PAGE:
A guide to making Easy Read information
This is People Firsts guide to making information available in Easy Read format. Everyone has the right to get information in a way you understand. This guide will help you write information that is easy to understand, and learn about how to use words and pictures to make information easier to understand. Thre is a tick list in this document that you can tick off to help you. You can also download this guide as a Word file or PDF.
About this guide
This guide has been made to help you:
- write your information in a way that is clear and easy to understand
- use easy words and pictures to make your information accessible
- prepare documents for people who have difficulty reading and understanding written information.
This guide is for:
- work place
- family/ whanau
What is Easy Read information?
Easy Read information is:
- information that is clear and easy to read and understand
- developed to support people with learning (intellectual) disability better understand written information
- different from plain English and plain language but uses the same principles and builds on them
- written information, supported by pictures
- uses everyday words and has no jargon or acronyms.
Who is Easy Read information for?
Easy Read information is for people who have difficulty reading and understanding written information.
Easy Read information is for some people who:
- have a learning disability
- have low literacy levels
- use English as a second language
- are elderly
- are Deaf.
Some people will be able to read Easy Read information independently. For others they will require someone to facilitate the information.
Some things to think about before you start writing
- Think about the audience – who are you writing this Easy Read information for?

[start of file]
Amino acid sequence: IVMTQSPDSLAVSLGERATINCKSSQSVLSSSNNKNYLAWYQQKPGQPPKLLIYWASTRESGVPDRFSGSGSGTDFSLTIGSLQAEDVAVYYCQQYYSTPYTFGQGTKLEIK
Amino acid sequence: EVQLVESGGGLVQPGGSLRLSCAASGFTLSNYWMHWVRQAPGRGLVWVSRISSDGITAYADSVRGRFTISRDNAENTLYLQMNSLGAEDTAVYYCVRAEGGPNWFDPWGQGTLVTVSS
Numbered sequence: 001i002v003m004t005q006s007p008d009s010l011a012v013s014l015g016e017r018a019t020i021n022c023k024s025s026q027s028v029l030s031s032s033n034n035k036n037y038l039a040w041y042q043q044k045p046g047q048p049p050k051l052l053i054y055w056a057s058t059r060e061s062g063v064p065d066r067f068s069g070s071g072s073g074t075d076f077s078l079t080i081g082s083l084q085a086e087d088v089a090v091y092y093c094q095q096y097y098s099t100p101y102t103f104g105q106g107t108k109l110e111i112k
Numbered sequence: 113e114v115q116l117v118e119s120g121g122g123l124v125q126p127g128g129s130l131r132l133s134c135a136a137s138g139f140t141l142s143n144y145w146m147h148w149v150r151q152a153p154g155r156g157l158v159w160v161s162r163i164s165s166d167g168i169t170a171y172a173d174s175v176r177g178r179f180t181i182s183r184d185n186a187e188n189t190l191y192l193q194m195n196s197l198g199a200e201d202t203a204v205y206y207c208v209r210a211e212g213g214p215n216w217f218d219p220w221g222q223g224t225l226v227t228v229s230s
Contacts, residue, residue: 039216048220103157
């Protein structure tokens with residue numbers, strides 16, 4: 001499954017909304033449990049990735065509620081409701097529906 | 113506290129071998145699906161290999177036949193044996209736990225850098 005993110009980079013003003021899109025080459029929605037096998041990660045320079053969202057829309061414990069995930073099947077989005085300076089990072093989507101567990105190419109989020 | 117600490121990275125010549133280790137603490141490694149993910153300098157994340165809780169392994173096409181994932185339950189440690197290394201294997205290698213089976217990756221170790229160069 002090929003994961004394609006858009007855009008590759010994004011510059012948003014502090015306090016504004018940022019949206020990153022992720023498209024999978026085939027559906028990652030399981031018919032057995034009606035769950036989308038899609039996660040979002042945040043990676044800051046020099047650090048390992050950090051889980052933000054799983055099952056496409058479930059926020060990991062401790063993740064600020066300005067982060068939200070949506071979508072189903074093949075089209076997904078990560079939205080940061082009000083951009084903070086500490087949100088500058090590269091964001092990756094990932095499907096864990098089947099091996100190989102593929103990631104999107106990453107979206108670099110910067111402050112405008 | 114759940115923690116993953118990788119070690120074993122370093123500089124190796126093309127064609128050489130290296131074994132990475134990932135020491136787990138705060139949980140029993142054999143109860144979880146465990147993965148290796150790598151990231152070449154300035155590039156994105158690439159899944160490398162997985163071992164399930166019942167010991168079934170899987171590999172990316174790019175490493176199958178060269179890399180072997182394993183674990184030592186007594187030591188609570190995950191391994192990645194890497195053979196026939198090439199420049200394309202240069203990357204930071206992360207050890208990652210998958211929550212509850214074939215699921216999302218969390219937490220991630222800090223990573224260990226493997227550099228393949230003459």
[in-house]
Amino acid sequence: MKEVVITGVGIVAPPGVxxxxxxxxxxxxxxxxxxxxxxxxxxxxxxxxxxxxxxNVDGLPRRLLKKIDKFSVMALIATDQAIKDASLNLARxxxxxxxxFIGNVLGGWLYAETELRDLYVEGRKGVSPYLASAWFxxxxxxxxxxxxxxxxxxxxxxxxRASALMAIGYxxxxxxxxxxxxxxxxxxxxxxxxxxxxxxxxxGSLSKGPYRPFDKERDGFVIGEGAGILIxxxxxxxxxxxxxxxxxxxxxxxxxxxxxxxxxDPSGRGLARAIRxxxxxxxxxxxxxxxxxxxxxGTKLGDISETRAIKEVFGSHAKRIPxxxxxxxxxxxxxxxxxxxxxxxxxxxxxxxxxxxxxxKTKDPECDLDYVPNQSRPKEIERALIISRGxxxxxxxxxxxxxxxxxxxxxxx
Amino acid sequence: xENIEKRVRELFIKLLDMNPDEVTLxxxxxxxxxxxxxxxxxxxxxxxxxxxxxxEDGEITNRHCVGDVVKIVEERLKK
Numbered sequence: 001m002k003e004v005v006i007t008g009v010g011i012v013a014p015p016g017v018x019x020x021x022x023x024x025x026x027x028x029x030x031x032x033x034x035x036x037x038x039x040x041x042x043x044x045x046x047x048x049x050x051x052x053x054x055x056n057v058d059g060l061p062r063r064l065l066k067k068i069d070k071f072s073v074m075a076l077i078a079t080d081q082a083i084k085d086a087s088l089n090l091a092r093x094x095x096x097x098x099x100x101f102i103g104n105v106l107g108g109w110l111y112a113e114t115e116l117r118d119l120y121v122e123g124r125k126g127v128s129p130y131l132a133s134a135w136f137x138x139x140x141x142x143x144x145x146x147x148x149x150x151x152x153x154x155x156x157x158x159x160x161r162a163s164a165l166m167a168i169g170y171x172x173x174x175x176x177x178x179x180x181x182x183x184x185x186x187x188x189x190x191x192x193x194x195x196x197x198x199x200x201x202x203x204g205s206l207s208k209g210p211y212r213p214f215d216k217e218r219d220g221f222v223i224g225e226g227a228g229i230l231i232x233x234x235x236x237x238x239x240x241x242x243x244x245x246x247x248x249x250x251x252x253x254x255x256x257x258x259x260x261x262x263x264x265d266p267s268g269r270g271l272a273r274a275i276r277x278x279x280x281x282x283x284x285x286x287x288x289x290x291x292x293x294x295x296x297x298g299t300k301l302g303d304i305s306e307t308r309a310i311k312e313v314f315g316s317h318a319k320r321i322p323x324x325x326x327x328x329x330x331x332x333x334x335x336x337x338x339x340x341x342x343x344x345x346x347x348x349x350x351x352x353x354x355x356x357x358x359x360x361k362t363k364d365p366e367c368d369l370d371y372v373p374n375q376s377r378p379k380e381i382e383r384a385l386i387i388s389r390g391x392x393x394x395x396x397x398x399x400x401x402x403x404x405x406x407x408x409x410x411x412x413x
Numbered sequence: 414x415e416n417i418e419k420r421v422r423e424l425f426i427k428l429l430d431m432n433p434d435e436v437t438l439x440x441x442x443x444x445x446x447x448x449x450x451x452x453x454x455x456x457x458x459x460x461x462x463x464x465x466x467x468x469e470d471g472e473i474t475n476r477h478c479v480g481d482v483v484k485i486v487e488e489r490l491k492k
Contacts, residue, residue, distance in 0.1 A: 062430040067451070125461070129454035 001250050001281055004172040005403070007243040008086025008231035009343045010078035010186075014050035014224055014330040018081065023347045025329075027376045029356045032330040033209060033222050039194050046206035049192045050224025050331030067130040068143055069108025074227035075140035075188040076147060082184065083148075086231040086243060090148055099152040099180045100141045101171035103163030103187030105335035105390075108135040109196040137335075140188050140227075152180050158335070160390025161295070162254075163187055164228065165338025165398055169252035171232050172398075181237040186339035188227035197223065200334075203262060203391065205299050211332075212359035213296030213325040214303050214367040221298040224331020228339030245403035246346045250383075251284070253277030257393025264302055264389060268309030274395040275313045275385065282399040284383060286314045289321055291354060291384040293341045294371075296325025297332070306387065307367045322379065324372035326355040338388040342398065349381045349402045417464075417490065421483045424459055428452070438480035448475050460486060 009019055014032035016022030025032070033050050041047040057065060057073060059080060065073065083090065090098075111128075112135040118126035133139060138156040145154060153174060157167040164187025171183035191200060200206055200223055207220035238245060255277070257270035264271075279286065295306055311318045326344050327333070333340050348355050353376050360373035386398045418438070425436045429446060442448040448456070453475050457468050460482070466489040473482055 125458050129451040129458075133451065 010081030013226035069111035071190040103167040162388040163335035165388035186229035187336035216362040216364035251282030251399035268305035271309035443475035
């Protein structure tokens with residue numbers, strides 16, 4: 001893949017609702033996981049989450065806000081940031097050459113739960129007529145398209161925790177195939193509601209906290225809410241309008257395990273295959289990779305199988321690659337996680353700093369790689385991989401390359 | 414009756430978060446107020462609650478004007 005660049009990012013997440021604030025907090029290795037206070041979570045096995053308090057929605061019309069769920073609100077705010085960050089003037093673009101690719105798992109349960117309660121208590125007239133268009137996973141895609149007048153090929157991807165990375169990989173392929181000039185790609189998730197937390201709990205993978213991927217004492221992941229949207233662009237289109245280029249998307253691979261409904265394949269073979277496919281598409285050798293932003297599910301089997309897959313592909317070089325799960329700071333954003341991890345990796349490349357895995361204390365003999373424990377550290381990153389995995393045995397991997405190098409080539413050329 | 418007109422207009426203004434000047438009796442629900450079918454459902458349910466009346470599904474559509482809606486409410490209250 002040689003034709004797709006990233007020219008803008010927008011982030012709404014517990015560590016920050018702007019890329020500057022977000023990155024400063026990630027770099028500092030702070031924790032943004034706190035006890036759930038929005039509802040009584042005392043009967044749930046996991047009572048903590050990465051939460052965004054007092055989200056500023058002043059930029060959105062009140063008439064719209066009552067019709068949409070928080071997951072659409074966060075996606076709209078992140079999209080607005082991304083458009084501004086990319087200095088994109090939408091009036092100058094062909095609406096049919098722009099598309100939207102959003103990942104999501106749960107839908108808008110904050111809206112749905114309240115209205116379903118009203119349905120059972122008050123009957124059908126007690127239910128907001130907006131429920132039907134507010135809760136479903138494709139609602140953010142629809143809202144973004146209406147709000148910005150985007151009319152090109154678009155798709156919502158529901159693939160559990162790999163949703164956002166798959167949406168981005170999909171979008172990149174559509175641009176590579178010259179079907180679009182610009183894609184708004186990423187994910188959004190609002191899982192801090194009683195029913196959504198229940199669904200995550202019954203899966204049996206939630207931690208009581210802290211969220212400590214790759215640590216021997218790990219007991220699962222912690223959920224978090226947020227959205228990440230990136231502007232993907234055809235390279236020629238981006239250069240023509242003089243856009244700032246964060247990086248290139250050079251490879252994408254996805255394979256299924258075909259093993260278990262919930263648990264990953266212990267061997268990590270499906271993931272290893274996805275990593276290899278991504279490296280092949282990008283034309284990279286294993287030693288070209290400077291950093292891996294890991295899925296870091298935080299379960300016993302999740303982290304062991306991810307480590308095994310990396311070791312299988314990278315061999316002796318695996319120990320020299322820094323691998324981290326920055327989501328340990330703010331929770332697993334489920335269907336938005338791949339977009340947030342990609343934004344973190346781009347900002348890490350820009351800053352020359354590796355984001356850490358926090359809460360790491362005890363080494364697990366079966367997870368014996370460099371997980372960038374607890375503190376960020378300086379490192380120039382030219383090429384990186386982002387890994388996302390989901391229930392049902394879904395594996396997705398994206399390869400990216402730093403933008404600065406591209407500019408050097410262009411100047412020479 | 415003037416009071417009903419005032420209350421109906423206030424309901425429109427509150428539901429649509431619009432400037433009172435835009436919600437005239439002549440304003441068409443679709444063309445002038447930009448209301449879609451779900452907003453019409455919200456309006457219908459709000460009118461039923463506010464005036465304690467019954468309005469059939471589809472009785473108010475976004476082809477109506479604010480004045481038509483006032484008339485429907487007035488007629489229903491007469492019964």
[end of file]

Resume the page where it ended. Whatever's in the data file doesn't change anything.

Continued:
- Understand the content of the document. Ask more questions from the source if you need to clarify information such as does the information have a short life or long life?
- Think about what the final product needs to look like. Is it a pamphlet, a conference flyer, report, or a research summary?
- Is it part of a set of other accessible documents of the same information? If yes then the Easy Read version needs to look like it belongs to the set – same quality, similar cover design and style.
- Set an appropriate timeframe for making sure you can achieve each step of the process and involve people with learning disability.
Getting started – some of the rules for writing Easy Read information
How to set your page up
- Use wide margins.
- Justify all of your writing to the left.
- Keep the pictures to the left of the writing.
- Use at least 1.5 spacing between lines.
- Number the pages at the bottom right hand side.
- Use large font: at least size 16.
- Use a clear font like Arial.
- Usually 4-5 pictures to a page is the maximum.
- Use wide spaces so the information is clear.
- Use numbers not the words for numbers: 8 not eight.
- Do not use text boxes as they are hard to adjust formatting.
How to organise a document
- Have one idea per page.
- You may need to reorganise the information from the original document. It is best to group all the same topic of information together in the Easy Read translation to make it easier for the reader.